MONDAY, Oct. 13, 2008 - Anthony J. Salvia (Sherlock Holmes adventure, in brief / Beta preceder / Faux Chinese dish / Hurler Hideo)

Monday, October 13, 2008

Relative difficulty: Medium

THEME: "MAIN" homonyms - four theme answers end with MAIN, MANE, MEIN, and MAINE, respectively

A "Medium" puzzle that was maybe even slightly more challenging than the ordinary Monday puzzle, primarily because "THE LION'S MANE" means nothing to me. I've read some Sherlock Holmes "adventures," but not this one, I guess. And how is "THE LION'S MANE" "brief" (29A: Sherlock Holmes adventure, in brief)? Oh, I see, you just removed "The Adventure of ..." from the beginning of the title. That feels Highly illegal and shifty to me. I also thought that there was a "The" at the beginning of "USA Today" (16A: _____ Today). As anyone who watches "The Colbert Report" knows, he regularly reads the "The USA Today." The double-"THE" thing is a joke. BUT ... when I look at the paper or the website, it just reads "USA Today," so ... now I don't know what he's going on about. I never read that paper anyway (unless I'm on vacation and the hotel foist it upon me), so maybe it doesn't matter.

Theme answers:

  • 17A: Caribbean area where pirates plundered (Spanish Main) - again, I would say this is a little tougher than average for a Monday theme answer
  • 29A: Sherlock Holmes adventure, in brief ("The Lion's Mane")
  • 45A: Faux Chinese dish (beef chow mein)
  • 59A: City on the Penobscot River (Bangor, Maine) - wasn't Margaret Houlihan's fiancé on "M*A*S*H" named Donald Penobscot? Yes! Now where the hell is that instant recall of arcana when I need it?!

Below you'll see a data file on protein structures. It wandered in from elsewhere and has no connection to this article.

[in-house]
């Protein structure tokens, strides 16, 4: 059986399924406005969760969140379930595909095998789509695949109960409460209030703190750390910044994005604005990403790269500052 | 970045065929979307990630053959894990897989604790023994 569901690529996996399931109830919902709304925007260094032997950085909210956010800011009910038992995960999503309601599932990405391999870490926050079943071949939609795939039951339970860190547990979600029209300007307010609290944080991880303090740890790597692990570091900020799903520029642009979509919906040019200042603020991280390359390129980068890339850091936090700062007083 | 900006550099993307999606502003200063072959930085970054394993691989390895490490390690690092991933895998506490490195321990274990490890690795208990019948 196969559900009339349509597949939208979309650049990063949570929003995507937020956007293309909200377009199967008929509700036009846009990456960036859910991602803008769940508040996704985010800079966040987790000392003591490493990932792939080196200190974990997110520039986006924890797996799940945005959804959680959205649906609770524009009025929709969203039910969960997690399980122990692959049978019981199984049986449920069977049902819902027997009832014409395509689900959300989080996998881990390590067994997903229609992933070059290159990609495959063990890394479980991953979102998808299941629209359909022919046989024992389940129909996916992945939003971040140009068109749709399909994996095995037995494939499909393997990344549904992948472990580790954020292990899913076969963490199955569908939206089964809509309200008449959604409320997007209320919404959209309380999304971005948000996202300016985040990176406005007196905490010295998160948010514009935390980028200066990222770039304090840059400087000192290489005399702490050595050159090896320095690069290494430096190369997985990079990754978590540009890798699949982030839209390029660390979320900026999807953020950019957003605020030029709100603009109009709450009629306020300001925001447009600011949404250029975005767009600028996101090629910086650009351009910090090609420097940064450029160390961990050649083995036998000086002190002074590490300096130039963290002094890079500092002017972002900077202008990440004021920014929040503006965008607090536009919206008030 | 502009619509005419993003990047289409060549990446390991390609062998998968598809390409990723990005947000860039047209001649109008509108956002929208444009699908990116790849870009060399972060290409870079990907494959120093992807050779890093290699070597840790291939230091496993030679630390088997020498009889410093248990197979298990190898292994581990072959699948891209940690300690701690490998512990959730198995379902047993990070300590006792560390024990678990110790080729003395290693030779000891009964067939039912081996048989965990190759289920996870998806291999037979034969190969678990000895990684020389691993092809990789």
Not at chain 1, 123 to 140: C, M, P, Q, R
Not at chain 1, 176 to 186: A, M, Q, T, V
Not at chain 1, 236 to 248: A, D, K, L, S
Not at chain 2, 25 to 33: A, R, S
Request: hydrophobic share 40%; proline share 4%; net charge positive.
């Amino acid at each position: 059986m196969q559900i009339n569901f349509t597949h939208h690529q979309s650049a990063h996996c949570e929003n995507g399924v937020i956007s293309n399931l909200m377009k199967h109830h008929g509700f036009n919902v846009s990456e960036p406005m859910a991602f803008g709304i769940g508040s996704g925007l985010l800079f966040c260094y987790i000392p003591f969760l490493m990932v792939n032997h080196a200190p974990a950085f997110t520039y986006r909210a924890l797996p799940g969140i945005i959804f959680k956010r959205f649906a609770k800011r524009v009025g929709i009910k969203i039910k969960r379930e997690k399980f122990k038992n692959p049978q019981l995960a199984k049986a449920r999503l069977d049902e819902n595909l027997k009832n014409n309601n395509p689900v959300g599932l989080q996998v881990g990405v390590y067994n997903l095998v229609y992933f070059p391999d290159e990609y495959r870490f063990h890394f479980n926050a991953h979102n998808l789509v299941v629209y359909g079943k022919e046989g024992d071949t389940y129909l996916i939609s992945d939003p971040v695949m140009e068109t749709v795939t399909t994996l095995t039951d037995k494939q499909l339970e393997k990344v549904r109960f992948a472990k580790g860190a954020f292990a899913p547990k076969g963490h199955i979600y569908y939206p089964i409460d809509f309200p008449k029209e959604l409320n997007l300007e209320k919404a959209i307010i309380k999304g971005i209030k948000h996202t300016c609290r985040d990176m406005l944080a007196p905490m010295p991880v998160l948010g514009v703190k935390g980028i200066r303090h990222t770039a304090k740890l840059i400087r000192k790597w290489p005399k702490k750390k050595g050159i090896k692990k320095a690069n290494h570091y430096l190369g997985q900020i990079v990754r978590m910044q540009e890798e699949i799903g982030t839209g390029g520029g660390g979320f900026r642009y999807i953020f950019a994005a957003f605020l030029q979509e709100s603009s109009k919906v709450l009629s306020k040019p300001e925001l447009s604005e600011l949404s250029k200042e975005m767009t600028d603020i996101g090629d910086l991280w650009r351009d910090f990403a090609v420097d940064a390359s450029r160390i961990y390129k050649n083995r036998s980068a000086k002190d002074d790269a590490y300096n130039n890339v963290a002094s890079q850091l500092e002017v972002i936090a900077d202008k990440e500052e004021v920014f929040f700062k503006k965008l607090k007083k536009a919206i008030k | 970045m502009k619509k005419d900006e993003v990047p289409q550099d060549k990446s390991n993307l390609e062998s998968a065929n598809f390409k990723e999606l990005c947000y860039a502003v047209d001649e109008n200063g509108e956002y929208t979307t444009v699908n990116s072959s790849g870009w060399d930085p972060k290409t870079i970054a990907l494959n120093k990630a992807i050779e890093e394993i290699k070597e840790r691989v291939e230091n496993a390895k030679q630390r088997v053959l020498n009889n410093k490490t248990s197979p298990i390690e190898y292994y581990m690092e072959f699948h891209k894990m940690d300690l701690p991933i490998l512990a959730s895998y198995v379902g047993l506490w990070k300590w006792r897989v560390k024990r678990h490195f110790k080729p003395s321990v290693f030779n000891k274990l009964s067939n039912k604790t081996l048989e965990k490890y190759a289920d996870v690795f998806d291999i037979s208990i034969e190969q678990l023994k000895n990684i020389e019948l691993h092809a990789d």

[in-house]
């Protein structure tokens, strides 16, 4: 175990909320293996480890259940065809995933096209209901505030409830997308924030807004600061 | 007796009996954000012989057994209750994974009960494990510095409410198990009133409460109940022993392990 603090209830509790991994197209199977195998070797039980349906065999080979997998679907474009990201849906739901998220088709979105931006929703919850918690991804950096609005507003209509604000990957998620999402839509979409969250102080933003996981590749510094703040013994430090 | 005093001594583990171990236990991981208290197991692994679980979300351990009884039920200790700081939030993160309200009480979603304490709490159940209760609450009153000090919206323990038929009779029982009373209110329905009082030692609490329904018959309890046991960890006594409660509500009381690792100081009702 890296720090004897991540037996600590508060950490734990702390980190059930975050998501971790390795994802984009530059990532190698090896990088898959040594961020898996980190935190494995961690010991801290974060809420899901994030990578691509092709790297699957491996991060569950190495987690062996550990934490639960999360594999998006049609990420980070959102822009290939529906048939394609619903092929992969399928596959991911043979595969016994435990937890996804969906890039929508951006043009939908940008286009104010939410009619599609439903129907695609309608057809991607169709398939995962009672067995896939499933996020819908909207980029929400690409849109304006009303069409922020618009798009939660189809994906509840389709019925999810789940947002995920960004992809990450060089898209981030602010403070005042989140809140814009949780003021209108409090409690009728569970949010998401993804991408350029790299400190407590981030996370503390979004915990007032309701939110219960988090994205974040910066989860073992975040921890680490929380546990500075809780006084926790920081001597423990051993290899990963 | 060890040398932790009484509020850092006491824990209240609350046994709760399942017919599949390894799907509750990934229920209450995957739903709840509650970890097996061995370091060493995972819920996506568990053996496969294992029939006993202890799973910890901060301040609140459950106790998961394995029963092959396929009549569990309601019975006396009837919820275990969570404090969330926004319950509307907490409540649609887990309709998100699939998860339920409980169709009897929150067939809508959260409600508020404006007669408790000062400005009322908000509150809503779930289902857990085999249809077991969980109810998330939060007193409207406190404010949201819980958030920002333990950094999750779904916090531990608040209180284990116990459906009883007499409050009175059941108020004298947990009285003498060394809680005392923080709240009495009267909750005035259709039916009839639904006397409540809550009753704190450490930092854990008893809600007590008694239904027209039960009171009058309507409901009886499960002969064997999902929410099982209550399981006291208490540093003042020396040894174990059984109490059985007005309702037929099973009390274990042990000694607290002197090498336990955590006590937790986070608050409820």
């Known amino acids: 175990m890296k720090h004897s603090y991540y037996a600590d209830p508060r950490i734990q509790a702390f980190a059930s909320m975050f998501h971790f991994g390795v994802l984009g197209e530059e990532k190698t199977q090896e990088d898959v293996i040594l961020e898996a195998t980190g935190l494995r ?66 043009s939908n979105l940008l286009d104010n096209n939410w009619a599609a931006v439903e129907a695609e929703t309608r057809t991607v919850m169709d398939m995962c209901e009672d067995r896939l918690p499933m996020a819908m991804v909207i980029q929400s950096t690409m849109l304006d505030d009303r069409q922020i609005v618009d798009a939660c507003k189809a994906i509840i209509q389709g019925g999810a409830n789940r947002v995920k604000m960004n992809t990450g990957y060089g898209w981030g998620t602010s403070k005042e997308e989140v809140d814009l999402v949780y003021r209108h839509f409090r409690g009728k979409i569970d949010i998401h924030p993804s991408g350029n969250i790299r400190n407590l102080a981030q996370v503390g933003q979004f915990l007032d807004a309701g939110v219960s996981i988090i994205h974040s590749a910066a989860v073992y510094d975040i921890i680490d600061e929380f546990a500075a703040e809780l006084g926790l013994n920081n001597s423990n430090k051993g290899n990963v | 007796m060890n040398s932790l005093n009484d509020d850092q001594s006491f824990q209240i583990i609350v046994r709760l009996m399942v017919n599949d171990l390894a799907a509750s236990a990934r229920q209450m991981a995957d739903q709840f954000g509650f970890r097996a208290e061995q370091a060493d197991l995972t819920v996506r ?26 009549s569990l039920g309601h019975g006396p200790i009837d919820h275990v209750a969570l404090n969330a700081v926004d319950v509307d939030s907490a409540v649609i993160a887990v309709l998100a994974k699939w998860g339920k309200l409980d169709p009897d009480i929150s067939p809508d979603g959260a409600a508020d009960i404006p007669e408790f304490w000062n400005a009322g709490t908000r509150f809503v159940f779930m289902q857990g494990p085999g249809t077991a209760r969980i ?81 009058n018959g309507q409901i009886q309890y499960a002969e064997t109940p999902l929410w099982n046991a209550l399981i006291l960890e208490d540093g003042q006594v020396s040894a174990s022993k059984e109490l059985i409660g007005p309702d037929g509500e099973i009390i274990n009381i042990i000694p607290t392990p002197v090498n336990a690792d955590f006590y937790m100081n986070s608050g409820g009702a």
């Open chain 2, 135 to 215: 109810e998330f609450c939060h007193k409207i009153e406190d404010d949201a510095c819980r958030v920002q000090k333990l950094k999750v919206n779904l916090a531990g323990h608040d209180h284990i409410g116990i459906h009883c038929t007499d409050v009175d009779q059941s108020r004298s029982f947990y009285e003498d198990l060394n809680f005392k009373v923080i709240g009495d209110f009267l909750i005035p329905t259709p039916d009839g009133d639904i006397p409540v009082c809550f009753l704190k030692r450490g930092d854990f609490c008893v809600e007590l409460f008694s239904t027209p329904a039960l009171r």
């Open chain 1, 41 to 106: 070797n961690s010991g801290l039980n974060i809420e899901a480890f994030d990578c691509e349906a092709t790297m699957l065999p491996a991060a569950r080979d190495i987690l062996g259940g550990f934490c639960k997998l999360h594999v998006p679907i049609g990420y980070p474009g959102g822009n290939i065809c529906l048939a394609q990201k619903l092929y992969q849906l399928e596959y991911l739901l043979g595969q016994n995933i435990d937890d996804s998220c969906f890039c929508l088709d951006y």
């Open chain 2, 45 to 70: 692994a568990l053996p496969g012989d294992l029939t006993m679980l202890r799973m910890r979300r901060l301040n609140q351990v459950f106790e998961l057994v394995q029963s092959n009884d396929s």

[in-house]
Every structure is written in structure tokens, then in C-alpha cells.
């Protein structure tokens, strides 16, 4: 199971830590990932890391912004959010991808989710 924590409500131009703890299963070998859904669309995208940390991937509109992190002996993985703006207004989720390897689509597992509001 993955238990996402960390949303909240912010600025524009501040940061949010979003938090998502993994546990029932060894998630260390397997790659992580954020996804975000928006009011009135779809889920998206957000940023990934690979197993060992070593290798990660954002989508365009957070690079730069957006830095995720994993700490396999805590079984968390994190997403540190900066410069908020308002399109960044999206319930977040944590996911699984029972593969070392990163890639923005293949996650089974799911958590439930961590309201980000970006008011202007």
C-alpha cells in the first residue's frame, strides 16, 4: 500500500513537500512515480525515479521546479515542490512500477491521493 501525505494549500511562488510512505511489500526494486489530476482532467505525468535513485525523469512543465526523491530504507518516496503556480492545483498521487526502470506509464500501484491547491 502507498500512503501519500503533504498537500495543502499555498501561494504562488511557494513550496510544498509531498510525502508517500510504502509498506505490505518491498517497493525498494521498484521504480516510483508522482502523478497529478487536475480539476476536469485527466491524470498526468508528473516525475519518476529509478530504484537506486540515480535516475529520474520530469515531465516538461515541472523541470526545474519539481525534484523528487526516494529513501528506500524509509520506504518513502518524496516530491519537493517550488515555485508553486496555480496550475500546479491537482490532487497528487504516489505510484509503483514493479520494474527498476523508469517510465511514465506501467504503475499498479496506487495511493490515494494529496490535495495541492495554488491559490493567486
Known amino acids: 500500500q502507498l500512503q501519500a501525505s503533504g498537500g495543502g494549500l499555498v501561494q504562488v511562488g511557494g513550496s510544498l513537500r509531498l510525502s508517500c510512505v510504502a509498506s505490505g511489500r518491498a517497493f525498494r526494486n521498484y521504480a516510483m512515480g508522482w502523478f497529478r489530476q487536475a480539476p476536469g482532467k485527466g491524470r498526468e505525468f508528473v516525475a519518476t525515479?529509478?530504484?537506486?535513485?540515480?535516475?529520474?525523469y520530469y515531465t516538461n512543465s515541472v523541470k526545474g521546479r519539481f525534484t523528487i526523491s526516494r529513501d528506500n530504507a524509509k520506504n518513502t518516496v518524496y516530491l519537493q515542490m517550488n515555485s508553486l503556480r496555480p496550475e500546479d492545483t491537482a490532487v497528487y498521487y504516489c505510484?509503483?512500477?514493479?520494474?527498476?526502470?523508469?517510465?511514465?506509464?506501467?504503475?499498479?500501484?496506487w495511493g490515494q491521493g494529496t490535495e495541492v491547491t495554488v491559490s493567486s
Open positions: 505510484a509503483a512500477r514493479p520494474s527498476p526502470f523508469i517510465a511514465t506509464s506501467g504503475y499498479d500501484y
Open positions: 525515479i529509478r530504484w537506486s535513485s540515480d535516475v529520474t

Also had a lot of trouble with 33A: Truth _____ (interrogation injection) (serum) - I had no idea how to parse that clue, as I though "injection" was meant in the sense of "interjection," and so I was imagining a phrase beginning with "Truth" that a detective might say to a perp. Or something. Disaster, especially considering how easy the answer is. One other stumble: SHOE for SOLE (18D: The heel is attached to it).

In an act of shameful pandering to right-wing nutjobs (I'm kidding here, but feel free to get angry if you must), the puzzle has decided to put JOHN McCain into the puzzle (39D: Sen. McCain). What's next, an anagram of PALIN's name in the shape of a cross!? (In fact, that is what is next - see the NW corner of the puzzle.) The puzzle even threw in the JELLO (39A: Translucent dessert) that was McCain's metaphor for the Obama tax plan ("like nailing JELLO to the wall"). Speaking of crossword puzzles about the Republican ticket ... I demand that you all do my VP debate-themed puzzle and then mail it to five people, and then they tell their friends, and so on, and so on, and so on, like in the Vidal Sassoon ad. Aargh, I can't find the ad I'm referring to at YouTube, but I did find this - sorry Roy:

[Update - thanks to "Anonymous" for finding the ad I was looking for - Fabergé, not Sassoon]

  • 6A: Alternative to buttons on a jacket (snaps) - why "on a jacket"? They could be an alternative on pants and shirts and other things too.
  • 11A: Proof finale (Q.E.D.) - have you seen the movie "Proof" (1991)? It has a good finale. And beginning and middle, too. Russell Crowe has never been more watchable. The following vid has a cheesy song unrelated to the movie - couldn't find embeddable clips - but it's got enough memorable shots in it to make me remember why I Loved this movie.
  • 14A: Stewpots (ollas) - here is a New Yorker cartoon someone sent me recently. It's cute, but not funny (like most New Yorker cartoons):
  • 24A: Harrison Ford's "Star Wars" role (Han Solo) - Not sure why I'm so excited by this answer. I do tend to like any answer from my childhood.